The National Democratic Congress (NDC) is demanding an independent probe of the valuations of royalty rights in the Agyapa Royalties deal before backing down on some contentions with the deal.
At a press conference on Tuesday, September 1, 2020, the Minority Leader Haruna Iddrisu said a future National Democratic Congress government will not honour the terms of the Agyapa deal if the doubts of the Minority are not cleared.
The NDC maintains that Ghana’s assets have been “grossly undervalued” in the agreement.
Based on a preliminary assessment, the government has valued Ghana’s royalty rights at $1 billion.
But Mr. Iddrisu insists that “the worth of our gold revenue and their projects needs a further thorough probe by independent economic transaction advisors for us to appreciate that they [the Akufo-Addo administration] are not ripping this country off.”
He made reference to the Power Distribution Services deal which was abrogated after it took off because of purported fraud.
“Agreements similar to it [like the Agyapa deal] will walk on the same path tomorrow,” he stated.
Despite the Minority’s call for “minimum documentation,” Mr. Iddrisu contends that the government refuses to be transparent with the deal.
The Minority, which boycotted the approval of the agreement in Parliament, has raised questions about the value of Ghana’s royalties and fears the government has been trying to hide the beneficial owners of the deal.
It has also cautioned that Agyapa Royalties Limited, the Special Purpose Vehicle created for the deal, could be used as a conduit for money laundering.
Among the issues outlined by the Minority Leader were issues of conflict of interest and procurement malfeasance.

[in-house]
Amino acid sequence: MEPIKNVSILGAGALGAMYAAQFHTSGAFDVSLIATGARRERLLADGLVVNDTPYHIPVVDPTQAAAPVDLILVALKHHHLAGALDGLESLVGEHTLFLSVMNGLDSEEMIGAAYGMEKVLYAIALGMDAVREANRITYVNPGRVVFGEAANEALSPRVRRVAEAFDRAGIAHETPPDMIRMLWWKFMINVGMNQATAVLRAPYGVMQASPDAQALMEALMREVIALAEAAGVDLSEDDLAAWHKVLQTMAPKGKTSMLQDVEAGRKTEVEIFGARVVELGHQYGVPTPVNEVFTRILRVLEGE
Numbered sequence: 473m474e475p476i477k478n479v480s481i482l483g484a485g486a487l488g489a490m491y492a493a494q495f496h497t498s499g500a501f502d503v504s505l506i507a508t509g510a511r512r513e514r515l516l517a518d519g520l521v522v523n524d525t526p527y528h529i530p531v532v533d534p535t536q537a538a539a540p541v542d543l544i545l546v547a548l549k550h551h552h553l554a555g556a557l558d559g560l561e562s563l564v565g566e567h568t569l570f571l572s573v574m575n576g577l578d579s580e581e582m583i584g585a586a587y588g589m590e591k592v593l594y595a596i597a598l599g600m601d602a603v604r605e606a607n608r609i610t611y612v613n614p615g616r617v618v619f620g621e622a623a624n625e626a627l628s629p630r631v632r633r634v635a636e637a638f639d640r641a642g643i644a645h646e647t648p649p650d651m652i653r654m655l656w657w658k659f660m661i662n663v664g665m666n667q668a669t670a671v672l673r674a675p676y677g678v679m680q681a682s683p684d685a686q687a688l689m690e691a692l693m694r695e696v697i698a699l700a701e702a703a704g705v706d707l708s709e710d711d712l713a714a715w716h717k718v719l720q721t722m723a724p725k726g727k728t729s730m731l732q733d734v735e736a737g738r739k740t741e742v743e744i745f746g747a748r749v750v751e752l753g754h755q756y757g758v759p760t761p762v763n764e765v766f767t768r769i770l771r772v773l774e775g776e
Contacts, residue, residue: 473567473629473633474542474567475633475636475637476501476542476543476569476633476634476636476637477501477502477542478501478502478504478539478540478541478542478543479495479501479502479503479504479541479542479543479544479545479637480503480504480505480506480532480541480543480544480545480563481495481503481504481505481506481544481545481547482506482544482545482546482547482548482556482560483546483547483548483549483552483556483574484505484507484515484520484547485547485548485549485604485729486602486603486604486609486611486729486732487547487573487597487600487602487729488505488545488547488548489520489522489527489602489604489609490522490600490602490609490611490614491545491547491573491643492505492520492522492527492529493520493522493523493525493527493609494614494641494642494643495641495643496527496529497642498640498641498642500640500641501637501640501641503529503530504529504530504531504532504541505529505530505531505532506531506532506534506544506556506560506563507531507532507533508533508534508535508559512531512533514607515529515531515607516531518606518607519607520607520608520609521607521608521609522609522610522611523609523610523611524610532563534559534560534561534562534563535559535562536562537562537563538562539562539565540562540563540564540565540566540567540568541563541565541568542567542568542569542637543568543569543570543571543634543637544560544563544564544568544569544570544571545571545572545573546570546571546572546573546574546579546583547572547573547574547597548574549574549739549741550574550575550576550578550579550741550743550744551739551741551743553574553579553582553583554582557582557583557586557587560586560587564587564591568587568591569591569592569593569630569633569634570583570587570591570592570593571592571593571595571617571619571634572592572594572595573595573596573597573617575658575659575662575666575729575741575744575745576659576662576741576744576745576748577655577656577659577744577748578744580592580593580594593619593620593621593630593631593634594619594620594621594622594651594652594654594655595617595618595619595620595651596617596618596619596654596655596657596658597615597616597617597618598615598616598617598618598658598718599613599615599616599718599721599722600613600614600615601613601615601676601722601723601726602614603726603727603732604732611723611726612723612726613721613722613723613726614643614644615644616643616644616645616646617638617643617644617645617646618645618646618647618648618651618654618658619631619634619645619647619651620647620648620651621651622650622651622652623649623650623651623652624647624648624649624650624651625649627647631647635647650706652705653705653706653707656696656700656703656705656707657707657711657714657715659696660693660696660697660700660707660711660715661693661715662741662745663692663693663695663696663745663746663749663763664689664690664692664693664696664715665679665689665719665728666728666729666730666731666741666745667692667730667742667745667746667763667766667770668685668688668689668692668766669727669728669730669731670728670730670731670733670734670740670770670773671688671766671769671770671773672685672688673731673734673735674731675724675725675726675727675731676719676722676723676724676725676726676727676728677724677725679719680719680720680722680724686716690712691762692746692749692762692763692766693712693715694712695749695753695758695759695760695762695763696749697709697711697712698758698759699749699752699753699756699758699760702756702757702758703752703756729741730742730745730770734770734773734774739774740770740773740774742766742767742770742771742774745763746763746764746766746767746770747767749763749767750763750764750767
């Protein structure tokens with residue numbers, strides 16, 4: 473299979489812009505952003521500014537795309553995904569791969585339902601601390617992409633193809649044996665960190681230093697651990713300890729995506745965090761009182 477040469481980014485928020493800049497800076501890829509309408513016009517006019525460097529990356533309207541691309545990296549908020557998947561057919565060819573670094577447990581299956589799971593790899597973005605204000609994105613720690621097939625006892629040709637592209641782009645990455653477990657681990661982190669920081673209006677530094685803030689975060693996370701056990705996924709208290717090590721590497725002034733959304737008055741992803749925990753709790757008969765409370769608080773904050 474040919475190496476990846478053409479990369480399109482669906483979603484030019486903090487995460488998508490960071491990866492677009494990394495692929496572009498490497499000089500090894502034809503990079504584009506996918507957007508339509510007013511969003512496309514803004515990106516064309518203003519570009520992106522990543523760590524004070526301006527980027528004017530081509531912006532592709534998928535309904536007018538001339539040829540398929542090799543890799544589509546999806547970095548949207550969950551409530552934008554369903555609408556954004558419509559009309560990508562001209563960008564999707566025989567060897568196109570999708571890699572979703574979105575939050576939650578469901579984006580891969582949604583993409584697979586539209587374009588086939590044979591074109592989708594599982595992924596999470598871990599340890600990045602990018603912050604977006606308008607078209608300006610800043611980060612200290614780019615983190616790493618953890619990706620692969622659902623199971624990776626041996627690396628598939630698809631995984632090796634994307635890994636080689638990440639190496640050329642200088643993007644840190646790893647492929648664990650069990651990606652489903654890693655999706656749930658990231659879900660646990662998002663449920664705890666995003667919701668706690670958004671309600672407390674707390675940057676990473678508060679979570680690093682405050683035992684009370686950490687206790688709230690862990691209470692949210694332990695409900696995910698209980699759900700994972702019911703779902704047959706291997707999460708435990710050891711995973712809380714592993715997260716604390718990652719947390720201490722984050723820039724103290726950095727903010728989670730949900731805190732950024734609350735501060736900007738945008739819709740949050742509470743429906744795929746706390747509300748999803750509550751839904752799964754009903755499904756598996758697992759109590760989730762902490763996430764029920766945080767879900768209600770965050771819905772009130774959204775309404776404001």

He said further clarity on the procurement for Africa legal Associates, which has Gabby Asare Otchere-Darko as a partner, to consult on the deal, among other legal entities named.
“How were they procured and how much have they been paid and whether this was done competitively and advertised for the good people of Ghana. We also want to know the cost of the transaction and how much has been paid to those firms and why the choice of the Senior Minister’s son,” Mr. Iddrisu added.
Because of these concerns, the Minority also intends to make a complaint to the London Stock Exchange, on which Agyapa Royalties will be listed.
The Minority wants to make clear its belief that “this agreement is therefore tainted with some corrupt acts.”
“We will today put the London Stock Exchange and the Financial Conduct Authority on notice that this agreement does not meet the minimum requirement of diligence and transparency and minimum requirements of our constitution,” Mr. Iddrisu said.
About the deal
In 2018, Parliament passed the Minerals Income Investment Fund Act 2018 which establishes the Fund to manage the equity interests of Ghana in mining companies and receive royalties on behalf of government.
The purpose of the fund is to manage and invest these royalties and revenue from equities for higher returns for the benefit of the country.
The government then, through the Minerals Income Investment Fund (MIIF), set up Agyapa Royalties Limited to monetise Ghana’s gold royalties.
This was after Parliament on August 14, approved the Agyapa Mineral Royalty Limited agreement with the government of Ghana despite the walkout by the Minority.
In exchange, the company plans to raise between $500 million and $750 million for the Government on the Ghana and London Stock exchanges to invest in developmental projects.